May 1 is, of course, Law Day. It was set aside to honor the idea that our nation embraces the rule of law, even in an era when reduced funding has some contending that access to civil courts has become a civil rights issue. If you want to check out the history or some of the cool activities, a good place to start is with one of the country’s senior courts management groups, the National Center for State Courts.
Sara Warner, publisher of the California Courts Monitor, has a national Huffington Post column outlining how a North Carolina bankruptcy case might uncover enough scandal to become a Democratic political liability. In particular, she says the legal system is thinking in terms of “claimants” instead of thinking in terms of “victims.” She even calls for a Senate investigation. See the story here.
The Kansas Supreme Court has taken the unusual step of issuing a formal state that it is “troubled” by state lawmakers tying a funding increase to a court reorganization. As with other states, the Kansas chief justice has become a lobbyist for increased courts funding, going so far as authoring a widely read newspaper opinion piece against the plan.
The new system, which some say violates the Kansas constitution, will let local judges choose their “chief district judges” rather than having that post chosen by the state Supreme Court. They move also shifts some budget control to the local judges.
Read the story from kansascity.com here.
Kansas Governor Sam Brownback (photo: Kansas Office of the Governor website)
Education funding got the big headlines as Kansas Gov. Sam Brownback signed the state’s budget into law, but the spending plan also represents the ongoing tug-of-war over centralized court administration. WIBW News 13 TV reported that “… the Kansas Supreme Court blasted the latest funding bill for the state court system [which]… changes the way local courts are run by allowing the district court judges to elect their chief judge rather than letting the Supreme Court make the pick for each district.”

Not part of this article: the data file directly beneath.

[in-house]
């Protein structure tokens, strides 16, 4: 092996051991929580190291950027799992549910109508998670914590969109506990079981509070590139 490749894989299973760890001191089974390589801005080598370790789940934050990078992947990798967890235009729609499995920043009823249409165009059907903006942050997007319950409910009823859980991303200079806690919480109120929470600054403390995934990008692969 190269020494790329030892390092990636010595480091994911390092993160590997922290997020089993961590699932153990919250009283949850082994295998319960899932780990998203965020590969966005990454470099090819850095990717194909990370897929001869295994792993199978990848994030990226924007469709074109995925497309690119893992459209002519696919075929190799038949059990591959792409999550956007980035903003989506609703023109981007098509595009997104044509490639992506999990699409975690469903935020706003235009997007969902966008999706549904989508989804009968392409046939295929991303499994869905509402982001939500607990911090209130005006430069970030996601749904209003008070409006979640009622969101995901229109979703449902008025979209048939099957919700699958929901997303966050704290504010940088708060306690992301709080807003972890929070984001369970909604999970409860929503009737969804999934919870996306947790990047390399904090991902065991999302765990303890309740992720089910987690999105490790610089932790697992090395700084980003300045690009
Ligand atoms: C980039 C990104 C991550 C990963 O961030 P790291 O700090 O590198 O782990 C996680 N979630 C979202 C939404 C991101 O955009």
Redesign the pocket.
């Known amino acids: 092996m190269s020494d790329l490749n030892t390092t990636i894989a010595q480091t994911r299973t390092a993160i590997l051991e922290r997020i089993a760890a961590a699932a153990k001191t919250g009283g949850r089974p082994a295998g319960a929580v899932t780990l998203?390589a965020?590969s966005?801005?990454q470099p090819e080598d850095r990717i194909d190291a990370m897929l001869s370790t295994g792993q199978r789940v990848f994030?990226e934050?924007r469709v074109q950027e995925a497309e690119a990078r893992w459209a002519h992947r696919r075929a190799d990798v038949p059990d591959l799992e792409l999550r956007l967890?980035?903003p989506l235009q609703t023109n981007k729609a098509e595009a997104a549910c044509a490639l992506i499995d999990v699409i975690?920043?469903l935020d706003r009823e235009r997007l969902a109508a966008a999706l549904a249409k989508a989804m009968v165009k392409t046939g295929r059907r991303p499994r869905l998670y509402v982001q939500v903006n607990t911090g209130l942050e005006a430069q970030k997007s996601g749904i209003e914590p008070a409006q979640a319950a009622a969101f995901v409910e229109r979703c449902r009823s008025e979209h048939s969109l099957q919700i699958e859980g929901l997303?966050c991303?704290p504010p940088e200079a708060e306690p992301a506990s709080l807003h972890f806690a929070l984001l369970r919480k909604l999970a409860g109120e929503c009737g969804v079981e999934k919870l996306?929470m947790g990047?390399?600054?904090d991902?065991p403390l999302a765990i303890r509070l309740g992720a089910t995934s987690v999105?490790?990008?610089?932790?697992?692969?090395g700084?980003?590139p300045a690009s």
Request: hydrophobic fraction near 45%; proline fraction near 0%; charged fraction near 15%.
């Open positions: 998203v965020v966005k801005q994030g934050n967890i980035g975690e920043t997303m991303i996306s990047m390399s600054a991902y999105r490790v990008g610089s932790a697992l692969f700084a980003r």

“This legislation empowers local judges to run their courts to the best of their ability while ensuring that Kansas courts stay open,” said state Sen. Ty Masterson, R-Andover. Critics, on the other hand, said the new law “weakens the centralized authority of the Kansas unified court system in exchange for money to pay our employees and keep courts open. And the money it provides still may fall short of even doing that. Read the WIBW story here: http://www.wibw.com/home/headlines/Brownback-Signs-Bill-Increasing-Court-Funding–Supreme-Court-Objects-255812051.html